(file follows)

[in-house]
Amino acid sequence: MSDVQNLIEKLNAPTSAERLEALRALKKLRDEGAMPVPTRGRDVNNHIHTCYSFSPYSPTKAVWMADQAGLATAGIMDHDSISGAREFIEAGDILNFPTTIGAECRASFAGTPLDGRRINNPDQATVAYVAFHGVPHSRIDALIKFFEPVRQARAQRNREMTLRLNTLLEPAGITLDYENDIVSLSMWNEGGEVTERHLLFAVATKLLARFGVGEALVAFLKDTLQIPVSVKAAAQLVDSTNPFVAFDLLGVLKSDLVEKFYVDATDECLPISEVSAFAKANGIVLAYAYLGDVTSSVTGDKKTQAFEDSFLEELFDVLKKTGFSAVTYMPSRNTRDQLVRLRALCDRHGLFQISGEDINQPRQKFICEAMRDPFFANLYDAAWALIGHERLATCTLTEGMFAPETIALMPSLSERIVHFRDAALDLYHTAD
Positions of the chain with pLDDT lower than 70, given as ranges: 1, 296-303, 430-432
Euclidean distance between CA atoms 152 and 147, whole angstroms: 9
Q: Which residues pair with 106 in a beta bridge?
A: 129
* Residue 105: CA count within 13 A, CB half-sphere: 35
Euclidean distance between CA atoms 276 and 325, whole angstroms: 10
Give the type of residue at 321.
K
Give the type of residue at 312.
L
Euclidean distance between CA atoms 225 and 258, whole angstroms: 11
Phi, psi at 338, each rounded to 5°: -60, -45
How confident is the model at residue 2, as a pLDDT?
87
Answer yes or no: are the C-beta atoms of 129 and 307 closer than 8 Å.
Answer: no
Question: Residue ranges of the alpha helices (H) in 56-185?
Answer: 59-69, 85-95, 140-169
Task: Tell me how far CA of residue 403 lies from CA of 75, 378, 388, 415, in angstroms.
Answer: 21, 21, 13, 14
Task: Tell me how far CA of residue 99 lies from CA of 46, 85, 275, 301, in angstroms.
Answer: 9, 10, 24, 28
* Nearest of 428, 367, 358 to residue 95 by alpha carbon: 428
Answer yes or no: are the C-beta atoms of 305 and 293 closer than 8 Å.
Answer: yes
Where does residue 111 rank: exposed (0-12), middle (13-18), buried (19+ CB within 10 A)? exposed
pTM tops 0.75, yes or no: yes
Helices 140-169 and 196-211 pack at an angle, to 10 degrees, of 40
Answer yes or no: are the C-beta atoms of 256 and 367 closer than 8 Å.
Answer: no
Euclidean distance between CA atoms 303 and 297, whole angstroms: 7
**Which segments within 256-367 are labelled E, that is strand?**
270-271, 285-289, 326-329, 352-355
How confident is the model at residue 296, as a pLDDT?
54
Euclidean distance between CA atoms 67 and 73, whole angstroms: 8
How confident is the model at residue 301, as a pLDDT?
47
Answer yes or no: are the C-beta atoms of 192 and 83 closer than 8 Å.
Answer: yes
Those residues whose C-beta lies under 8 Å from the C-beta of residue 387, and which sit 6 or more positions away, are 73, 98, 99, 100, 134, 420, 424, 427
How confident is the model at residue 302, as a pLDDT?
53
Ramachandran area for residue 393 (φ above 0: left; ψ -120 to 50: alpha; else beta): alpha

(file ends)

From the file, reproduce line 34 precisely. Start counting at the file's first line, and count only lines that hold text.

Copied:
**Which segments within 256-367 are labelled E, that is strand?**